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CSM-to-ACE Conversion Tool Guide, Cisco ACE Application Control Engine Module

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Cisco CSM-to-ACE Conversion Tool User Guide

Table Of Contents

Cisco CSM-to-ACE Conversion Tool User Guide

Accessing the CSM-to-ACE Conversion Tool

Using the CSM-to-ACE Conversion Tool

Copying the Converted Configuration File to the ACE

Copying and Pasting the Converted Configuration to the ACE CLI Prompt

Copying and Pasting the Converted Configuration to a Text File for Content Editing

Example of a Copied Configuration File for Use By the ACE

Unsupported CSM Commands

ACE Module Documentation

Obtaining Documentation, Obtaining Support, and Security Guidelines


Cisco CSM-to-ACE Conversion Tool User Guide


This document describes how to use the CSM-to-ACE conversion tool to migrate Cisco Content Switching Module (CSM) running- or startup-configuration files to the Cisco Application Control Engine (ACE) module. It describes how to access the conversion tool, use the tool to convert a CSM configuration to an ACE configuration, and copy the converted configuration to the ACE. This document also includes a summary of the CSM commands that are not supported by the conversion tool.

This document contains the following sections.

Accessing the CSM-to-ACE Conversion Tool

Using the CSM-to-ACE Conversion Tool

Copying the Converted Configuration File to the ACE

Unsupported CSM Commands

ACE Module Documentation

Obtaining Documentation, Obtaining Support, and Security Guidelines

Accessing the CSM-to-ACE Conversion Tool

The conversion tool is included as part of the ACE software image and is accessible from the Cisco ACE Module web page using either HTTP or secure HTTP (HTTPS). To access the conversion tool, perform the following steps:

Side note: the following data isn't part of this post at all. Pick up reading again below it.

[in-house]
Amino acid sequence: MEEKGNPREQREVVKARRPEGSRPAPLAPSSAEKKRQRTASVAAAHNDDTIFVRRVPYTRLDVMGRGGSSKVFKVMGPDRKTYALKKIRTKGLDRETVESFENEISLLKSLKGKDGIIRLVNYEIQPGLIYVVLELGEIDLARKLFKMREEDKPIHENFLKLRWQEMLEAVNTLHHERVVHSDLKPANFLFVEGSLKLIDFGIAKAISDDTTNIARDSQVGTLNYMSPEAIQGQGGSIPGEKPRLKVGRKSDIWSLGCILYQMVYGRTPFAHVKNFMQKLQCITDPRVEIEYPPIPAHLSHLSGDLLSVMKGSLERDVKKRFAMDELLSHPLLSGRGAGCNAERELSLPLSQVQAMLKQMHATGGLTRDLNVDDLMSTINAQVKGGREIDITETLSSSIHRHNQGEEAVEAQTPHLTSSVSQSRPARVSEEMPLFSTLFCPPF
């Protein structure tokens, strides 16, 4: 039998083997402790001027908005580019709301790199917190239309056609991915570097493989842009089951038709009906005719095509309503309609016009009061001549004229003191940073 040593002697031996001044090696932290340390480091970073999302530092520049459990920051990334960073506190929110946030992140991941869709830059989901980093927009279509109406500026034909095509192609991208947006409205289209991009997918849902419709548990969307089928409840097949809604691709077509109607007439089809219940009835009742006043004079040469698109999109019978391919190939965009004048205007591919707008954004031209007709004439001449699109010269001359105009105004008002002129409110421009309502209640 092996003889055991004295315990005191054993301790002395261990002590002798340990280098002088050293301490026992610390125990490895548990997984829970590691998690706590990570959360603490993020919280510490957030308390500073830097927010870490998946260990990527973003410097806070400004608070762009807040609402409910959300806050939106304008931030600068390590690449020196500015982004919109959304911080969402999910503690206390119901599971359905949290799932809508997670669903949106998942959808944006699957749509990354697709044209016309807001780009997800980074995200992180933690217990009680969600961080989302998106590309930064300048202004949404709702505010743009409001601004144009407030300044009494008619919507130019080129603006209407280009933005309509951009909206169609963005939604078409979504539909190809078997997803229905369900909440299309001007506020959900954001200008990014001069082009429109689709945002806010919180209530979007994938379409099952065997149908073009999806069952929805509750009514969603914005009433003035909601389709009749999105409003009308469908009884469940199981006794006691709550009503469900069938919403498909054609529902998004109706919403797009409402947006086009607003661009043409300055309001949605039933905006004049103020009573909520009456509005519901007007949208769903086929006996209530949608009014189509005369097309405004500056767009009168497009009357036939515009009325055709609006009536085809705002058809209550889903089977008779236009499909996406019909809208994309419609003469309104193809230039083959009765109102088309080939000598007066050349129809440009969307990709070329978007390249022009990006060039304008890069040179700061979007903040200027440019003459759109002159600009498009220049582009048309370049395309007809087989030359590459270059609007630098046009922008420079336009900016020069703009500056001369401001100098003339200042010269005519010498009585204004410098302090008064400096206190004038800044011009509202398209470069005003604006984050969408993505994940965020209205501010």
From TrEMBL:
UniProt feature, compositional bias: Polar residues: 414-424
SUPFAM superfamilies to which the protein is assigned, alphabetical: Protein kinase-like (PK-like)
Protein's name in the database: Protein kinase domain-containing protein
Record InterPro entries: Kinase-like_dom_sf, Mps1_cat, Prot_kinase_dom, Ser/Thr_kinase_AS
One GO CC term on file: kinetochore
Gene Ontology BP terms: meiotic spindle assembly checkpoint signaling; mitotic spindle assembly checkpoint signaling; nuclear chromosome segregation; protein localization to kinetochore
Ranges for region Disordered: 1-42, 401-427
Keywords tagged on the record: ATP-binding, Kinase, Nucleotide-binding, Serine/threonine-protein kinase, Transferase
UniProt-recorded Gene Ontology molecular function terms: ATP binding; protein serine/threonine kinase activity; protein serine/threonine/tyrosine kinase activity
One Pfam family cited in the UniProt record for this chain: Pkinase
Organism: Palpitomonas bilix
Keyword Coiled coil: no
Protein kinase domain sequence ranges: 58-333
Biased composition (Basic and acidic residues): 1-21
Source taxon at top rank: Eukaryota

Step 1 Log in to the ACE CLI.

Step 2 Create a Layer 3 and Layer 4 management policy. Ensure that, at a minimum, you permit HTTP or HTTPS traffic in the management policy to enable remote access to the Cisco ACE Module web page. The following excerpt is a typical configuration example that illustrates how to enable web access to the ACE to access the Cisco ACE Module web page. For details on enabling remote access to the ACE, refer to the Cisco Application Control Engine Module Administration Guide.

Cat6k Configuration
svclc multiple-vlan-interfaces
svclc module 3 vlan-group 1
svclc vlan-group 1  10
 
   
Cisco ACE Configuration
class-map type management match-any L4_REMOTE-ACCESS_CLASS
  description Enabling remote access traffic to the ACE and the Cisco ACE Module web page
  2 match protocol telnet any
  3 match protocol ssh any
  4 match protocol icmp any
  5 match protocol http any
  6 match protocol https any
 
   
policy-map type management first-match L4_REMOTE-ACCESS_MATCH
  class L4_REMOTE-ACCESS_CLASS
    permit
 
   
interface vlan 10
  ip address 192.168.215.134 255.255.255.0
  service-policy input L4_REMOTE-ACCESS_MATCH
  no shutdown
 
   
ip route 0.0.0.0 0.0.0.0 192.168.215.1
 
   

Step 3 Open your preferred Internet web browser application, such as Microsoft Internet Explorer or Netscape Navigator.

Step 4 Specify the HTTP or HTTPS address of your ACE in the address field:

http://ace_ip_address
 
   
https://ace_ip_address
 
   

Step 5 If this your first time accessing the ACE web page by HTTPS, you will be prompted to accept (trust) and install the signed certificate from Cisco Systems. Click Yes at the prompt to accept and install the signed certificate. To avoid approving the signed certificate each time you log in to the ACE web page, accept the certificate. For instructions on trusting certificates from a particular owner or website, see the online help included with your browser.

Step 6 When the dialog box appears, login with your ACE username and password in the fields provided, then click OK. The ACE web page appears (Figure 1).